One of the major challenges in combating the OECD’s work to undermine tax competition and eliminate financial privacy is that the organization operates in relative obscurity compared to its better-known counterparts like the UN, IMF and World Bank. Outside of the technocrats who work on wonky tax issues and who are more likely to identify with their fellow bureaucrats than taxpayers, decision makers know little about the organization.
What knowledge that lawmakers and their staff do possess is typically limited to the organization’s original mission to promote economic cooperation and its role as a repository for world economic statistics and the accompanying analyses it provides. The OECD’s activist arm has successfully repurposed the credibility earned through these activities to advance with little resistance an ideological agenda that is often not only against the interests of taxpayers, but that is at odds with the findings of the organization’s own analysts.
The OECD generates hundreds of studies each year on economics, taxes and trade, among other topics. While the authors of these papers ultimately speak only for themselves and not the organization, it seems reasonable to expect that those promoting best policy practices would pay heed to the findings of the OECD’s own expert scholars. Sadly, that often is not the case.
On corporate taxes
When it comes to taxing corporations, the OECD’s Centre for Tax Policy and Administration has been leading the charge to ensure that tax collectors are able to reach into corporate coffers as deep and often as desired. To justify its Base Erosion and Profit Shifting (BEPS) program, the OECD sounded the alarm on disappearing corporate tax revenues, due to firms working to minimize their tax burdens, despite the OECD’s own report showing that average corporate tax revenues across the OECD have increased over time.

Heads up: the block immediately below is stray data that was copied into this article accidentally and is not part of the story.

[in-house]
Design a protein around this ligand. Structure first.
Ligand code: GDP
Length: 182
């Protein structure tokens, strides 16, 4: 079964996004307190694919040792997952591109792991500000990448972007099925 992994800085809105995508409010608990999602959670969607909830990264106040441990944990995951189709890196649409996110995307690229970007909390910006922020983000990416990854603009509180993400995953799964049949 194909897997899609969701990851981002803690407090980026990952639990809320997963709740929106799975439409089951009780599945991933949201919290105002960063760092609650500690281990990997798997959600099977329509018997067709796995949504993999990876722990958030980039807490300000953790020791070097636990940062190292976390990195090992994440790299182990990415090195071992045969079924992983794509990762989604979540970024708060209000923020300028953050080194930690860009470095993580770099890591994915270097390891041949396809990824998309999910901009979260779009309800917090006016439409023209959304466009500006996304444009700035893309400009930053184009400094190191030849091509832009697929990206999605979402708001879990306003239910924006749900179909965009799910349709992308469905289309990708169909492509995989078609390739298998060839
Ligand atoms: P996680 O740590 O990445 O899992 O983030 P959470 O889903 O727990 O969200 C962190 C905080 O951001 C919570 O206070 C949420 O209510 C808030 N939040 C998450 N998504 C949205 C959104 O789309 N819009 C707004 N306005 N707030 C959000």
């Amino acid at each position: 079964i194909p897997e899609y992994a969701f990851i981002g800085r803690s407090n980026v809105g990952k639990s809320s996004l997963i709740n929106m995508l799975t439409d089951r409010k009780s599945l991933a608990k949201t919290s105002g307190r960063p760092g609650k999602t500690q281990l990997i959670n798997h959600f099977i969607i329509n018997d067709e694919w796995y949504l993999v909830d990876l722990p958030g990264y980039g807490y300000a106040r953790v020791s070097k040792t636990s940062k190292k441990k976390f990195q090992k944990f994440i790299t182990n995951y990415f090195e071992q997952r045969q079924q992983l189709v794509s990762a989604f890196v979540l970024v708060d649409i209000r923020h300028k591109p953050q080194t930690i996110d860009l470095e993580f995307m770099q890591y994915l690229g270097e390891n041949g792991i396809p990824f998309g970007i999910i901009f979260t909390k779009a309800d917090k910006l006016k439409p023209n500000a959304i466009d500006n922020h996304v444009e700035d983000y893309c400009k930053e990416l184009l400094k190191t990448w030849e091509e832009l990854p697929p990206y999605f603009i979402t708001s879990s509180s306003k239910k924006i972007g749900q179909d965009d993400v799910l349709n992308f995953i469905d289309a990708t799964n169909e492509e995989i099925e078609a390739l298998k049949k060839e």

OECD ministers cited “massive revenue losses” from “aggressive tax planning schemes” in their push to mobilize support for the BEPS project. Even if their own evidence did not refute this claim, why is the issue such a high priority given that they have published work from economists on multiple occasions showing the limits of corporate income taxes?
In “The capacity of governments to raise taxes,” Oguzhan Akgun, David Bartolini, and Boris Cournède acknowledge the constraints of a Laffer Curve for corporate income taxes. They estimate the revenue maximizing effective marginal rate at roughly 25 percent, but also point out that “estimates of revenue-maximizing rates should not be seen as policy objectives or recommendations, as they imply high levels of economic distortions or tax avoidance.” That is a stark contrast from the logic of BEPS, which assumes that avoidance has nothing at to do with high tax rates, and that with sufficient effort, its impact can be significantly reduced in order to allow for taxes to be raised even further.
That study was published in 2017, so perhaps the BEPS-pushers can be excused for not being aware of it in 2013. But it is hardly the first OECD work to tackle the subject. In 2008, Åsa Johansson, Christopher Heady, Jens Arnold, Bert Brys, Cyrille Schwellnus and Laura Vartia found in “Tax and Economic Growth” that “corporate taxes are found to be the most harmful for growth, followed by personal income taxes, and then consumption taxes.”
Nevertheless, Secretary-General Angel Gurría editorialized that “corporate tax rate competition … raises challenging questions for governments seeking to strike the right balance between maintaining a competitive tax system and ensuring they continue to raise the revenues necessary to fund vital public services.”